The Not-So-Honored Dead

Christopher Howse has written a hilariously cranky, quintessentially British indictment of “Poet’s Corner” in Westminster Abbey. There, the humble great lie forever next to the mediocre, many of whom had crass, fame-seeking survivors. Although in truth, they don’t even all lie there as some of the slabs are just memorials to people buried in whole or in part elsewhere.

And while I am on the subject, do you know who is not buried in Westminster Abbey? Lawrence of Arabia. David Lean’s magnificent movie about Lawrence opens at a majestic funeral service after which people debate whether Lawrence really deserved “a place in here”. This must account for why every year tourists come to the Westminster Abbey to see his grave.

Unfortunately for said tourists, the film is portraying St. Paul’s rather than Westminster Abbey, and even there one finds only a bust of the man. His body lies in Dorset.

Author: Keith Humphreys

Keith Humphreys is the Esther Ting Memorial Professor of Psychiatry at Stanford University and an Honorary Professor of Psychiatry at Kings College London. His research, teaching and writing have focused on addictive disorders, self-help organizations (e.g., breast cancer support groups, Alcoholics Anonymous), evaluation research methods, and public policy related to health care, mental illness, veterans, drugs, crime and correctional systems. Professor Humphreys' over 300 scholarly articles, monographs and books have been cited over thirteen thousand times by scientific colleagues. He is a regular contributor to Washington Post and has also written for the New York Times, Wall Street Journal, Washington Monthly, San Francisco Chronicle, The Guardian (UK), The Telegraph (UK), Times Higher Education (UK), Crossbow (UK) and other media outlets.

5 thoughts on “The Not-So-Honored Dead”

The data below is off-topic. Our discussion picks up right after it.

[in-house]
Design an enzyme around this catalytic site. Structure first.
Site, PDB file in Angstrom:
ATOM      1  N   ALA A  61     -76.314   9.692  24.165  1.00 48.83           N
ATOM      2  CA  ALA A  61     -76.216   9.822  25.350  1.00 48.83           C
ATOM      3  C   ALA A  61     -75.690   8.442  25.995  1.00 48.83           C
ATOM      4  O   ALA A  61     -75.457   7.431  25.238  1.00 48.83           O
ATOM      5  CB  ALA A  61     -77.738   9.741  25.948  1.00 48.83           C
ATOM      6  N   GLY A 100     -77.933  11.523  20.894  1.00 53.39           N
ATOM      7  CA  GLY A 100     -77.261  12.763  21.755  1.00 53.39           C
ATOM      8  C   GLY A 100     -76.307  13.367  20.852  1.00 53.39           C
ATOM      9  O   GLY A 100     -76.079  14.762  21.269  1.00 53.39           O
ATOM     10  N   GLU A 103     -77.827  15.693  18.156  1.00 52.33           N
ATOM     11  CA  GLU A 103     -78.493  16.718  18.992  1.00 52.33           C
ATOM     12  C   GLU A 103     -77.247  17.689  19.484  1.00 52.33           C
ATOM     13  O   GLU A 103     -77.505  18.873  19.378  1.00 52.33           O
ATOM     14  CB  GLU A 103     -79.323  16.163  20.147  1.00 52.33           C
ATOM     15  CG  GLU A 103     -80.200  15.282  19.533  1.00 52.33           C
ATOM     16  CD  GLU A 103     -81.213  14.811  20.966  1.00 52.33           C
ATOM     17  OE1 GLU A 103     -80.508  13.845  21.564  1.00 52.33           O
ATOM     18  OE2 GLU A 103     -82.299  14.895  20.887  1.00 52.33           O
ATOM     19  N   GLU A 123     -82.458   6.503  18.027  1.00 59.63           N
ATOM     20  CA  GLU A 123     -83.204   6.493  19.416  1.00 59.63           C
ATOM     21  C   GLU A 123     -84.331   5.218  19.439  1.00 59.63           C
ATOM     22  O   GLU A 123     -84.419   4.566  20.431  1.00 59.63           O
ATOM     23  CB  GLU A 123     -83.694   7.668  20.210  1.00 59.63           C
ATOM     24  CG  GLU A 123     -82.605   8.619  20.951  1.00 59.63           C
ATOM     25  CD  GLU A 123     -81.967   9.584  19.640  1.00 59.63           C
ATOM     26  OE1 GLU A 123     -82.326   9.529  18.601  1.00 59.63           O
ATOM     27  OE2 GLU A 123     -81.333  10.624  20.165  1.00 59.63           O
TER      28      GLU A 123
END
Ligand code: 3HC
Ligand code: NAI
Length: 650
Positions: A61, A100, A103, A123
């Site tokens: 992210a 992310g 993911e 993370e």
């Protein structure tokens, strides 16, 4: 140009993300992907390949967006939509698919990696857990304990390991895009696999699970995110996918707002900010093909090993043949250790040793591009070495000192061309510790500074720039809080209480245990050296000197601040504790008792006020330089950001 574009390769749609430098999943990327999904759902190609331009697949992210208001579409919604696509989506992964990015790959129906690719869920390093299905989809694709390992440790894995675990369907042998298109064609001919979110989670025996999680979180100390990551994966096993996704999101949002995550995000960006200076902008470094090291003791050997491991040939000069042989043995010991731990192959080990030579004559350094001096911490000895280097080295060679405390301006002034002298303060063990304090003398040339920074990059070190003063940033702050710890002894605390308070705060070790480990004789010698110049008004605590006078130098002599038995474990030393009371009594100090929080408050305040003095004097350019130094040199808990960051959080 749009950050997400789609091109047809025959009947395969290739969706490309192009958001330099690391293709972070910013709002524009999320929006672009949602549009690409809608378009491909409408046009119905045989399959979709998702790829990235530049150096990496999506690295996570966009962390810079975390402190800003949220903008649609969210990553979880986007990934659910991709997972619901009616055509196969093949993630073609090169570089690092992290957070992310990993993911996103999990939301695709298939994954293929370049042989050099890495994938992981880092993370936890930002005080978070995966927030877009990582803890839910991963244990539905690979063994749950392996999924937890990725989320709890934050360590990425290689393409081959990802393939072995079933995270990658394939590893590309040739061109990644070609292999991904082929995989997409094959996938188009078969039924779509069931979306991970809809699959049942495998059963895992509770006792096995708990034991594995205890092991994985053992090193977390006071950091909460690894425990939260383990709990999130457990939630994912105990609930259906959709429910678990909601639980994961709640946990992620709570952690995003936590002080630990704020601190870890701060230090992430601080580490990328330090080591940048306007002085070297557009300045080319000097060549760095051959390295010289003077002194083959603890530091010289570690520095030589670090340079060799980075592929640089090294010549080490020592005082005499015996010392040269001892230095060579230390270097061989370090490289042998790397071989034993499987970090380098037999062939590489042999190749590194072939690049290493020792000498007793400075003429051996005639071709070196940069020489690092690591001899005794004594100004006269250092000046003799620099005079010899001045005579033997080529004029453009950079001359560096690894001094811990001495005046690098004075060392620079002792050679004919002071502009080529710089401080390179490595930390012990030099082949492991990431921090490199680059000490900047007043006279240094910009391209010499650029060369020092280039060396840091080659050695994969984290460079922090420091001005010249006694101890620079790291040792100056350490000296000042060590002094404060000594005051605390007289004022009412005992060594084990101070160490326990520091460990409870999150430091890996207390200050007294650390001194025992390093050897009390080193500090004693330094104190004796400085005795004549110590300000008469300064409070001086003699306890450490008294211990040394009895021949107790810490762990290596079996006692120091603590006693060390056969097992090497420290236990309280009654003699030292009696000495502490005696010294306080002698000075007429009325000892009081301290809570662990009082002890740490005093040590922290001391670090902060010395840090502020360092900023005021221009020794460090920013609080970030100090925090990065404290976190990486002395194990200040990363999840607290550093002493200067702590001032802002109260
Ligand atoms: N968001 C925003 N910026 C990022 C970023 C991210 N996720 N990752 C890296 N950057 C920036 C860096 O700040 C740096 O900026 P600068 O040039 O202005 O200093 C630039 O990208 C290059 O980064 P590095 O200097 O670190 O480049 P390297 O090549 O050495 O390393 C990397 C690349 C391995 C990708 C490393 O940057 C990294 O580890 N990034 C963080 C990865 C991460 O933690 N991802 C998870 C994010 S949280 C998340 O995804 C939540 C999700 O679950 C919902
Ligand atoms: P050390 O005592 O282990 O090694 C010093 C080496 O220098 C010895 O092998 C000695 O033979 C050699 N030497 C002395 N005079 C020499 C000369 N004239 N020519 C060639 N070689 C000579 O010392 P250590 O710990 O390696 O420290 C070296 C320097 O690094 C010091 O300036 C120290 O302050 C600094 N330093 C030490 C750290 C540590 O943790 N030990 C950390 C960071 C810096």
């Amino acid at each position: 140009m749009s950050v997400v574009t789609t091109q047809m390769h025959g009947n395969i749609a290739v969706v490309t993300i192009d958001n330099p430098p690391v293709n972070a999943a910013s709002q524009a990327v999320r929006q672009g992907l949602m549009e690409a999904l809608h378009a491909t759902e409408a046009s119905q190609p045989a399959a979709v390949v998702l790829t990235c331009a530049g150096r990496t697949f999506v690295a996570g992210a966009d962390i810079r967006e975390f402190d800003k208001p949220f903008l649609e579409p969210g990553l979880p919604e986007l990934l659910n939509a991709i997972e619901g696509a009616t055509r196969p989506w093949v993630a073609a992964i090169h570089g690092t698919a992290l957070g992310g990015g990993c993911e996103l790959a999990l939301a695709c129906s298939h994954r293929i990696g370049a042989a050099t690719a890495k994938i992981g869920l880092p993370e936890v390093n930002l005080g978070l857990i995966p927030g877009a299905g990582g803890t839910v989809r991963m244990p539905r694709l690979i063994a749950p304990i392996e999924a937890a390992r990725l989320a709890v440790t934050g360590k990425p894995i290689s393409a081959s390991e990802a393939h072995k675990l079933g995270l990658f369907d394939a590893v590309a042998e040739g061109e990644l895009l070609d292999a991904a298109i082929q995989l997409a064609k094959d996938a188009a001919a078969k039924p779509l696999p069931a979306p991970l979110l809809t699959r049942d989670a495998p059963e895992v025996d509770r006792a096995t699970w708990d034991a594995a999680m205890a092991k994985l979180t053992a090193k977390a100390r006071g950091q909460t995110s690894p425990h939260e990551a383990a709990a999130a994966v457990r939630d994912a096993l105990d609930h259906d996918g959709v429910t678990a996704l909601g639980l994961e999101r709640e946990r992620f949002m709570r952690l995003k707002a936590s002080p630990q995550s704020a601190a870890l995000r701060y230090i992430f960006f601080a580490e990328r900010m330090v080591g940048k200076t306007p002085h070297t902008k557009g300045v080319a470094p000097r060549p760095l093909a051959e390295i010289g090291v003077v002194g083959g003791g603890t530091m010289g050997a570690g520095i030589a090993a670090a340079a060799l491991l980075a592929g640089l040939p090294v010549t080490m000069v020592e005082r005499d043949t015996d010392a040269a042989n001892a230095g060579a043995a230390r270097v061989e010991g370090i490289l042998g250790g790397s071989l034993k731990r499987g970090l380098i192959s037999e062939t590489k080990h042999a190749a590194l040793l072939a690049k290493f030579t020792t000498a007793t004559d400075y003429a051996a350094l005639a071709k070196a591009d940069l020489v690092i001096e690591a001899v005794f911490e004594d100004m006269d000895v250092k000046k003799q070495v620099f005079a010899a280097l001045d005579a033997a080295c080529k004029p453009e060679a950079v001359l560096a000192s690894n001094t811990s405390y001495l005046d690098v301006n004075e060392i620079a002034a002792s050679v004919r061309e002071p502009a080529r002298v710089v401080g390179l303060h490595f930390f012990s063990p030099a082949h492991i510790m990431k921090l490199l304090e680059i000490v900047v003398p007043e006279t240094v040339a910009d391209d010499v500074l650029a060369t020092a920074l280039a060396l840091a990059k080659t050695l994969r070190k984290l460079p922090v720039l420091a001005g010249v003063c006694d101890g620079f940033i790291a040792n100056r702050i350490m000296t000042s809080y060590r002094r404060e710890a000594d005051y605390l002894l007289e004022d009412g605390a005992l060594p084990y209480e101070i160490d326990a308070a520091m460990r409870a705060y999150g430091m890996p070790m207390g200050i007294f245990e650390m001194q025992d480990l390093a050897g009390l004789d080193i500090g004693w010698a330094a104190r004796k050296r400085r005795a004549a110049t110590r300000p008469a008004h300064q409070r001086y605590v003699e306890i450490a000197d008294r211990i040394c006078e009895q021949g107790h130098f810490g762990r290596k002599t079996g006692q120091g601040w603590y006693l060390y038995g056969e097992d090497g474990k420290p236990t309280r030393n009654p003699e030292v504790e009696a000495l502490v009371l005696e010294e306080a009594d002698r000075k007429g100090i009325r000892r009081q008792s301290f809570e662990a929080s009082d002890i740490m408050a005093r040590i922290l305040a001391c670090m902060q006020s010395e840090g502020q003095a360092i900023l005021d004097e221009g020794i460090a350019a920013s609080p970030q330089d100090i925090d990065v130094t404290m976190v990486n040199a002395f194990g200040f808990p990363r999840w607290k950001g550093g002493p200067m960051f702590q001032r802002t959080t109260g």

1. Dude! Never mind. Didn’t read the last line. But seriously, there are tourists who think St Paul’s is Westminster Abbey?

    1. There are tourists who think Nelson’s Column is a porn film, of course there are some who confuse the Abbey and the Cathedral.

  2. Your heading brought to mind this poem by Wendy Cope

    Engineers’ Corner

    Why isn’t there an Engineers’ Corner in Westminster Abbey? In Britain we’ve always made more fuss of a ballad than a blueprint … How many schoolchildren dream of becoming great engineers?
    Advertisement placed in The Times by the Engineering Council

    We make more fuss of ballads than of blueprints —
    That’s why so many poets ends up rich,
    While engineers scrape by in cheerless garrets.
    Who needs a bridge or dam? Who needs a ditch?

    Whereas the person who can write a sonnet
    Has got it made. It’s always been the way,
    For everybody knows that we need poems
    And everybody reads them every day.

    Yes, life is hard if you choose engineering —
    You’re sure to need another job as well;
    You’ll have to plan your projects in the evenings
    Instead of going out. It must be hell.

    While well-heeled poets ride around in Daimlers,
    You’ll burn the midnight oil to earn a crust,
    With no hope of a statue in the Abbey,
    With no hope, even, of a modest bust.

    No wonder small boys dream of writing couplets
    And spurn the bike, the lorry and the train.
    There’s far too much encouragement for poets —
    That’s why the country’s going down the drain.

  3. Though of course it has always been the case that poets, and not engineers, need day jobs – even in the UK. The Romantic poets could afford to combine poetry with an Epicurean lifestyle because they had inherited wealth. Lord Byron was not ennobled for his poetry.

    There is in fact a scientists’ corner in Westminster Abbey, although it is not as famous as Poet’s corner.

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